Nevertheless, after a test, I found that friction between two stacked blocks is very big and it is hard to disconnect them. As a result, I decided to separate the blocks somehow when storing them in the robot.


Separation using plates

The idea came up to my mind is using plates. The plates can separate the blocks so that they do not need to stack on each other. Nevertheless, how do we design the storage mechanism with the plate so that it can work together with the rocker arm to store blocks?


Drive the plates with chain

At last, I came up with the idea of using a chain. The plates are connected to a chain. At first, all plates are moved back. When we need to store a block, one plate is moved to the front with the chain and the rocker arm puts the block on it. To store the second block, move another plate to the front and do the same thing. To remove a block from the robot, raise the plate with the block to the top and move the rocker arm toward it and catch it, which is basically the reserved operation.


Final plan

Overall, the robot should have one base with a double-wishbone suspension system, a camera at a high position, one claw with a simple rotary claw arm, one rocker arm, and one chain-plate storage shelf.


Design and build


Monocoque structure

There must be something to support the rocker arm, the shelf and the shock absorbers of the suspension system. Then I wondered, what about I design single support for everything. By doing so, the support structure which is rather the car body can take all the load so there is no need to make the base a separate component. Therefore, I decided to use a monocoque structure instead of building the base and the rest separately. This would not only improve the structural strength but also reduce weight.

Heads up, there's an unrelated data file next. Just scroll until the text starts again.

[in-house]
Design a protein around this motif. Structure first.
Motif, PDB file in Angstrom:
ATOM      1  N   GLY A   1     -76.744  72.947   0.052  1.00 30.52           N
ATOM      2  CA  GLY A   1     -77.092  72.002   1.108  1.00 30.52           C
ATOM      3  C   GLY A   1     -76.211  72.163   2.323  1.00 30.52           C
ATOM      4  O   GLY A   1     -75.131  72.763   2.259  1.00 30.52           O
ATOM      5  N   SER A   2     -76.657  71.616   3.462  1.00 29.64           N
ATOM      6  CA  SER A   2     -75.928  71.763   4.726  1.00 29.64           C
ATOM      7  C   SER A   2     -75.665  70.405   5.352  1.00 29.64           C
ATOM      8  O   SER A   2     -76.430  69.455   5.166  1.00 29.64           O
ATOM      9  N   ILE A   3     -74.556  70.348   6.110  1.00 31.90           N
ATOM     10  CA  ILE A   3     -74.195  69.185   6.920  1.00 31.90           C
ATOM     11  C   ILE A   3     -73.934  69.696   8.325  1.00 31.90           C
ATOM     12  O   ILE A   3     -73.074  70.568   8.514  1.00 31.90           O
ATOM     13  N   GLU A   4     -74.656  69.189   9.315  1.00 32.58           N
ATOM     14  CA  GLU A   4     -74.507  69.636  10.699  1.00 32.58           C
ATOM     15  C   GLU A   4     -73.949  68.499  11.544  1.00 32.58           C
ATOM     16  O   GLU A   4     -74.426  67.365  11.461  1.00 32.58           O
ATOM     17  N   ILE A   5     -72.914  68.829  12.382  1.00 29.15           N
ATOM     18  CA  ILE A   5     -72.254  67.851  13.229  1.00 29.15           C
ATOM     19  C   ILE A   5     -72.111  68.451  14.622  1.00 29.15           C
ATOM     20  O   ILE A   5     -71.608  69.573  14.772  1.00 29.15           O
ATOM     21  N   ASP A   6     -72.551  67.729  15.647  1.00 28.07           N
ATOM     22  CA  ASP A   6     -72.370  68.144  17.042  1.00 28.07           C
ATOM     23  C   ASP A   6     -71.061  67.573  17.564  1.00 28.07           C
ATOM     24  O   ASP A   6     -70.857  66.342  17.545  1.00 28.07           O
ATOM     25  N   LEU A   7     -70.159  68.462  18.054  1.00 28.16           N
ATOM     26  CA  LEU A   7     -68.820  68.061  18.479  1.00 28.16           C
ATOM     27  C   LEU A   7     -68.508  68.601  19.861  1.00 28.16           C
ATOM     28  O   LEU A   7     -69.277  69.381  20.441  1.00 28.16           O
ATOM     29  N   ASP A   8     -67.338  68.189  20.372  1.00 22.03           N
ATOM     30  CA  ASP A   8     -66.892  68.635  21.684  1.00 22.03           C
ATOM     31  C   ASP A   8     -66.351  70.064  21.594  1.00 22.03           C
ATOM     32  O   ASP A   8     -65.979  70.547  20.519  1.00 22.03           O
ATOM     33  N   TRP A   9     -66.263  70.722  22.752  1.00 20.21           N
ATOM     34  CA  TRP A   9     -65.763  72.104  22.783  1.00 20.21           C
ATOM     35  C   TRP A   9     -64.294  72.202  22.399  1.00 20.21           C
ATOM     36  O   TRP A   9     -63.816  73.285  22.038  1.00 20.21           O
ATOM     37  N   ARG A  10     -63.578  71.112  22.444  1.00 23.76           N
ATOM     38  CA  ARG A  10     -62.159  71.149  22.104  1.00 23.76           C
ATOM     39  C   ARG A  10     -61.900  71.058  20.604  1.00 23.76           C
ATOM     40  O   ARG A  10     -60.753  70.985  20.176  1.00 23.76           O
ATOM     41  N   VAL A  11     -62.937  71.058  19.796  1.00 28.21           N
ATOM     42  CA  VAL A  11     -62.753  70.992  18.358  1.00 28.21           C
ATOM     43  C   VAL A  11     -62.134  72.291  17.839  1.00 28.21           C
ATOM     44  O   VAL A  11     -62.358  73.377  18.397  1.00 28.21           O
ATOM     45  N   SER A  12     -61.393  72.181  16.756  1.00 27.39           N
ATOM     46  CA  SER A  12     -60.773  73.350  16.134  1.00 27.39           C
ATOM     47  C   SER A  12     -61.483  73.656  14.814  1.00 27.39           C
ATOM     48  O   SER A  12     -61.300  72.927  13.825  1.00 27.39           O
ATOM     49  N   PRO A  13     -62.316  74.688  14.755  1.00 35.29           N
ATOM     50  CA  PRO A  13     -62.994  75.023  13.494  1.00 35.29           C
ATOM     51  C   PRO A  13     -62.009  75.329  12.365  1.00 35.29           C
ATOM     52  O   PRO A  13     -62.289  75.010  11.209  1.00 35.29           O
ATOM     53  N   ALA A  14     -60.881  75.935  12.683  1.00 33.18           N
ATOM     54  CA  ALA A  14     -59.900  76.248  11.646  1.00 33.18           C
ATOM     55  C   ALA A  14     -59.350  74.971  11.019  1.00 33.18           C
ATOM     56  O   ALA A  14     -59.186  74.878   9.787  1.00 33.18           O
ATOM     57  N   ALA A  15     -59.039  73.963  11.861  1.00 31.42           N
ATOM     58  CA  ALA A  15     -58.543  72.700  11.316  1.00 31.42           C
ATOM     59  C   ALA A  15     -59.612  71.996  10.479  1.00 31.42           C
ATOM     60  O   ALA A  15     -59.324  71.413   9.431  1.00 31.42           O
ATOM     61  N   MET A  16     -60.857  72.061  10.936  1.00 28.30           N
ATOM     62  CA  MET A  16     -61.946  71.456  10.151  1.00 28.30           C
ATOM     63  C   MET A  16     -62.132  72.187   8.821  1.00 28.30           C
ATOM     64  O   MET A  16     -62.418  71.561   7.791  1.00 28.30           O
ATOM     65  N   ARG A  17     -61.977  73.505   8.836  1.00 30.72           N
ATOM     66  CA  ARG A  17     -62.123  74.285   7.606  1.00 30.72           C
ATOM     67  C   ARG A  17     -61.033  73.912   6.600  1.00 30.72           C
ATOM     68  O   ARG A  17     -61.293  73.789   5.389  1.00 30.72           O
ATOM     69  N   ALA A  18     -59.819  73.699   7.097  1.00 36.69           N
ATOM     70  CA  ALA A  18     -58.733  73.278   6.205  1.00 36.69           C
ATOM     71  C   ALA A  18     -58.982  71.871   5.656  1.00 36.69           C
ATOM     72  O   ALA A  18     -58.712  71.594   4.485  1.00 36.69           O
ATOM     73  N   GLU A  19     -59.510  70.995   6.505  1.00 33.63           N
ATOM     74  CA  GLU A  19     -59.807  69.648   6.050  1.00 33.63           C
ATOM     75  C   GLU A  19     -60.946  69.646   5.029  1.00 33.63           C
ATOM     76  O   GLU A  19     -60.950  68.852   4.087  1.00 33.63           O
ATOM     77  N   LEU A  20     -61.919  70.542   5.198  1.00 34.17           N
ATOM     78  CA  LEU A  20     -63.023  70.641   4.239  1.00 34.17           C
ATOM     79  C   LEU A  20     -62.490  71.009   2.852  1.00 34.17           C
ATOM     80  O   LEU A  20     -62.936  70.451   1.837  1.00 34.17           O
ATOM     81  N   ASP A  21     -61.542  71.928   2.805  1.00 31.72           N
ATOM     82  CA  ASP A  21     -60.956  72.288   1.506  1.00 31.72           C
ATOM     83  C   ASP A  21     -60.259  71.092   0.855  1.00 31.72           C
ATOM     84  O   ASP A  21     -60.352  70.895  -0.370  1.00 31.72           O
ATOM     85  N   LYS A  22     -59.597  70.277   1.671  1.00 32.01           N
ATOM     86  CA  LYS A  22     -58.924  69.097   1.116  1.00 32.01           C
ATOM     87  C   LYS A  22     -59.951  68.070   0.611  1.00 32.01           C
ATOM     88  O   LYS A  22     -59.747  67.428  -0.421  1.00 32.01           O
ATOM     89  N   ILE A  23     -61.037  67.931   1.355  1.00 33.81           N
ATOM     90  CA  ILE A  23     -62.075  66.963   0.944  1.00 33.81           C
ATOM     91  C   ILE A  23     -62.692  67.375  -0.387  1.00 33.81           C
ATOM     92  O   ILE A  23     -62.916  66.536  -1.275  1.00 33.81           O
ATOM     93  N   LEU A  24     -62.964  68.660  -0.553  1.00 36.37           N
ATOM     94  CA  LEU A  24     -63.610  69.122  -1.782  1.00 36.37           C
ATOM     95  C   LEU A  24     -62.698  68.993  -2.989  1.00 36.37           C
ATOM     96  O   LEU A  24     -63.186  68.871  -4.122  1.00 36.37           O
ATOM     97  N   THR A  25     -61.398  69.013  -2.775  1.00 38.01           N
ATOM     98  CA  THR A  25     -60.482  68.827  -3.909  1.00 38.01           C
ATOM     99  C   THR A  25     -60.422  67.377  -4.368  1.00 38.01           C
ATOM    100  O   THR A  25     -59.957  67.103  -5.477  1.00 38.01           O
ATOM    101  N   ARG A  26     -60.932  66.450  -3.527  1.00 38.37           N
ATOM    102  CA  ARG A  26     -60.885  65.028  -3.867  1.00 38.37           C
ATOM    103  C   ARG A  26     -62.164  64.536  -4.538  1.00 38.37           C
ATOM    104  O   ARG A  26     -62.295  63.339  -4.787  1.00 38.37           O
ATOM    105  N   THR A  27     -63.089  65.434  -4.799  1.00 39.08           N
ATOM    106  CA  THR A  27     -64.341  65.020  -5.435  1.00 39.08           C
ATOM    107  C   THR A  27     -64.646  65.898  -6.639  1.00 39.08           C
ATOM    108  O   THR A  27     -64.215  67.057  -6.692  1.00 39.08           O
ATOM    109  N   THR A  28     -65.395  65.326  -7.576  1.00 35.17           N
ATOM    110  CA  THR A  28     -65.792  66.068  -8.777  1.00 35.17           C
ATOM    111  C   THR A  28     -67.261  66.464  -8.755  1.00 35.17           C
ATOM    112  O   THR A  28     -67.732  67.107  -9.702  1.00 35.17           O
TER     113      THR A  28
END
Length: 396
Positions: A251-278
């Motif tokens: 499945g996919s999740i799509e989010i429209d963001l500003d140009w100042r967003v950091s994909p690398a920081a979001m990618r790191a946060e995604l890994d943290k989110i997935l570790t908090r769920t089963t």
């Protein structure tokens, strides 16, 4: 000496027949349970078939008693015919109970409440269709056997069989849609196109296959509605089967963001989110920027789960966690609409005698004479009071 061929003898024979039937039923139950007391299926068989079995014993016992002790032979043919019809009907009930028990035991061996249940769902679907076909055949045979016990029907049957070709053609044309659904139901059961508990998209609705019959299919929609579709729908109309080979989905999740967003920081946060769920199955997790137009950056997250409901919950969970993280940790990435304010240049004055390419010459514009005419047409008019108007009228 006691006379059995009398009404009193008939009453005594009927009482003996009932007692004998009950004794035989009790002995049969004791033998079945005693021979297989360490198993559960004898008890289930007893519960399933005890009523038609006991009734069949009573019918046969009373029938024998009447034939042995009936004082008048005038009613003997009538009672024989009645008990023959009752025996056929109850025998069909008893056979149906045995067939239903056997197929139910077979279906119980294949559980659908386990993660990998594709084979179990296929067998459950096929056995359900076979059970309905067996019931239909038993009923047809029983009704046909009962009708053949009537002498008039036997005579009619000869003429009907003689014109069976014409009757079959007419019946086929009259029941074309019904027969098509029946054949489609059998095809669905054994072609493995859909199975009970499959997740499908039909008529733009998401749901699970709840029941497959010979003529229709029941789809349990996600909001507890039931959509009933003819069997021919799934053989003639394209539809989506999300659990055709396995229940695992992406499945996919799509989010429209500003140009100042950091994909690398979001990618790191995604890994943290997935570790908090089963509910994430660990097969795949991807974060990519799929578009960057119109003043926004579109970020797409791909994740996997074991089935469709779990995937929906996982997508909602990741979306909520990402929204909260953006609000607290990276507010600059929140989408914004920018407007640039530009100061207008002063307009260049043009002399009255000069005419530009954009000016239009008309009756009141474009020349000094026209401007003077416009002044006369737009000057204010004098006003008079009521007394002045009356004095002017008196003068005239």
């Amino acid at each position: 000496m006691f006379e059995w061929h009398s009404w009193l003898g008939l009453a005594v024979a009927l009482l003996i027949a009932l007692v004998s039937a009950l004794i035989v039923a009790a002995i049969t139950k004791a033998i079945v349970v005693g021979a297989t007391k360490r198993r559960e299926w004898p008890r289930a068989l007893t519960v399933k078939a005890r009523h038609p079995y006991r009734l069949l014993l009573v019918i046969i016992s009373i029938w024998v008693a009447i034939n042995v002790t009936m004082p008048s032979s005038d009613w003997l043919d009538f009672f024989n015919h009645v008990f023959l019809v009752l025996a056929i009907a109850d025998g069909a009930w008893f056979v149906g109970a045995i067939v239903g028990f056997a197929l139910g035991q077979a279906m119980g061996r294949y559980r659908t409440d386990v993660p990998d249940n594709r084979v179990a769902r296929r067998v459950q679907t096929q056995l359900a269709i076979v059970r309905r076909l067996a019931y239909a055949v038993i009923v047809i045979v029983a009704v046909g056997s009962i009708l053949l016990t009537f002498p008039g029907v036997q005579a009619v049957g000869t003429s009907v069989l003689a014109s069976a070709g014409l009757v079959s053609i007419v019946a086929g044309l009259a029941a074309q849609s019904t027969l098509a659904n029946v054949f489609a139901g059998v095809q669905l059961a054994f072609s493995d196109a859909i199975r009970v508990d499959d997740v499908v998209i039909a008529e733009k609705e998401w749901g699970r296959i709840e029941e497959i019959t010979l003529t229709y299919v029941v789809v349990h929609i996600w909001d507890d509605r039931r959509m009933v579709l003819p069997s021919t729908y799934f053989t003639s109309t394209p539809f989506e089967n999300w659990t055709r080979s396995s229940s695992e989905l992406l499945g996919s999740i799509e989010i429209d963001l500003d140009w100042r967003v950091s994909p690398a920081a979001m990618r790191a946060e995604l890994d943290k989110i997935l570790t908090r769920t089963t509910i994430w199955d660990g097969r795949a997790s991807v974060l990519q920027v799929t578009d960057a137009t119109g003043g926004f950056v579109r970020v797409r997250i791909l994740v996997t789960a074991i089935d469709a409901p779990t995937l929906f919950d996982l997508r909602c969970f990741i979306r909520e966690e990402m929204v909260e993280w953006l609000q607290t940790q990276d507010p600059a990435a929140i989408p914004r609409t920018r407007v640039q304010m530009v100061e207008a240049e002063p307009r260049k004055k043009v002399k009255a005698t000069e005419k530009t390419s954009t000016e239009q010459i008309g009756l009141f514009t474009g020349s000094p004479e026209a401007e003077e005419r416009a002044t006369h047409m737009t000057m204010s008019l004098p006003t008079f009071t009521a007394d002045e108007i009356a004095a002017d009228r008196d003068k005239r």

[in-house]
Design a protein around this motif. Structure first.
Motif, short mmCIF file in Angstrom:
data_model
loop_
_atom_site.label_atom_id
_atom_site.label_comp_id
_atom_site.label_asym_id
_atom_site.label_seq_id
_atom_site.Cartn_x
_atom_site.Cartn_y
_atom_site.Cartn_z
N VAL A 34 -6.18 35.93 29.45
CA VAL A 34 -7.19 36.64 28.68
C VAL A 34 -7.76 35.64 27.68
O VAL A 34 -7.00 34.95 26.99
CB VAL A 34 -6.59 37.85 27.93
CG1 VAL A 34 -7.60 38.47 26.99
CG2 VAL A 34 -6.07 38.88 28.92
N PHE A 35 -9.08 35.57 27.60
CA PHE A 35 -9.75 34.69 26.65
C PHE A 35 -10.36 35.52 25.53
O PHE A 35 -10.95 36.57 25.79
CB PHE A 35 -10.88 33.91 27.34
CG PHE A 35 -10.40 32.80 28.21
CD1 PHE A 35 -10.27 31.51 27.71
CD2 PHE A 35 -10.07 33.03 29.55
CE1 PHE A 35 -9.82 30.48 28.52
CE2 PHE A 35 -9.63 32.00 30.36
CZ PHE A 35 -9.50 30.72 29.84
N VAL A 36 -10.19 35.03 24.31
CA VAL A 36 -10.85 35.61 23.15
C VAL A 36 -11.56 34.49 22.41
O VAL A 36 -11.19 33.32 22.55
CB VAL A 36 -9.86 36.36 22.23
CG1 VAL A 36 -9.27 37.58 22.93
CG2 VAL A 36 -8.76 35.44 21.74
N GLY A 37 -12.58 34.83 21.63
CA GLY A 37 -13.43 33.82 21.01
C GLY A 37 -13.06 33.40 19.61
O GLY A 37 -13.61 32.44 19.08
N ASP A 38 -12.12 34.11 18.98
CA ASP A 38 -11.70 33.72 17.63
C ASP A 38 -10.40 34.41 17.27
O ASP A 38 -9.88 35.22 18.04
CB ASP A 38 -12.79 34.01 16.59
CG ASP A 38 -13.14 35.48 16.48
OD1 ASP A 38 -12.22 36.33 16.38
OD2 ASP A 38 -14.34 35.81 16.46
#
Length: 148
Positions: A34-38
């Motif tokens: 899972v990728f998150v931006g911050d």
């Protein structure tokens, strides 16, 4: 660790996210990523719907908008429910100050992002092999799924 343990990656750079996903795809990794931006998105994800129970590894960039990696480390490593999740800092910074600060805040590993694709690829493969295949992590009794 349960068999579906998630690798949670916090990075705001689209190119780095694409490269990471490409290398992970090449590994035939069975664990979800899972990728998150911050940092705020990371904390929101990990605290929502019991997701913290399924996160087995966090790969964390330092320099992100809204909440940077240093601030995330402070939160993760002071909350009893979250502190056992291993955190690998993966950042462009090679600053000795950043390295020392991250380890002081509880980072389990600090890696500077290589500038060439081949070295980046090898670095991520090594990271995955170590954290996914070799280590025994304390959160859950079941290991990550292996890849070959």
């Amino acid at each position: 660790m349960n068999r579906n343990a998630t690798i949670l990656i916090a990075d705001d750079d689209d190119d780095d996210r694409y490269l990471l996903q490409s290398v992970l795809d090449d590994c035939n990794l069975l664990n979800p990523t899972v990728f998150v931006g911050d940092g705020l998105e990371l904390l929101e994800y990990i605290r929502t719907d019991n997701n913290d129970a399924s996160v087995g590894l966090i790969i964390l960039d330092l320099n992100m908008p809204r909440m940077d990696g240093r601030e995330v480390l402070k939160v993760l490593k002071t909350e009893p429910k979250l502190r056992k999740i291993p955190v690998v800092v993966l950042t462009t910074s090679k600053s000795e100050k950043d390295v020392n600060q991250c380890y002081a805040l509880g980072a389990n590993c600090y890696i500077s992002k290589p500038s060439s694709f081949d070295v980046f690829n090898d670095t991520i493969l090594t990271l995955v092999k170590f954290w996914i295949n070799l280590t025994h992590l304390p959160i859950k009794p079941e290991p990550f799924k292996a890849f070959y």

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Lock-up MacPherson suspension

As design work proceeded, I realized one problem of the double-wishbone suspension that the wheel-axis is no longer horizontal when turning because of the moment created by lateral acceleration. Since the main use of the suspension system is to absorb shock and there is no need for it to be working all the time, I decided to lock the suspension in place during zero or low shock situation. As a result, the MacPherson suspension would be no different during normal driving so I decided to change the type of suspension back to reduce complexity.


Adding support to the cantilever beam

I chose the parallelogram mechanism for the arm because of its higher rigidity. The position of the arms was adjusted so that it would never reach its dead point. In the first design, only one end of the rocker arm shaft is connected to the support structure with a hinge. However, such a cantilever beam deflects a lot and may cause gear failure. Therefore, I designed the other end of the shaft to be simply connected so that the deflection is a lot smaller to prevent gear failure.


The plates

The chain is heavy, so I used a powerful DJI Official 3508 motor to power it with no external gear ratio. At first, we used acrylic to make the plates. However, it turned out that they can break easily. As a result, we replaced them with carbon fiber plates to improve strength. I stuck some strips on the plates to increase the friction so that the block on the top is less likely to slide out. I also designed a shielding structure that prevents the inner blocks from moving and sliding out when stored.


The claw and another way to use the rubber bands

The claw is designed to fit the long side of the block exactly. The upper arm of the claw is designed by Kaibo Wang. The claw is powered by one DJI Official 2006 gear motor with an external gear ratio of 5:1 (12T to 60T). To increase the friction, I have tested different materials and found the rubber band that I used to construct the power assisting structure the best option.


Finishing the prototype

After in total 5 days of working, the prototype was completed.


The practice match

We were the first team to finish the robot and the only team whose members all went to sleep the night before the practice match. We were the second-place in the practice match, even under the situation that we missed one of the four games due to a little mechanical problem.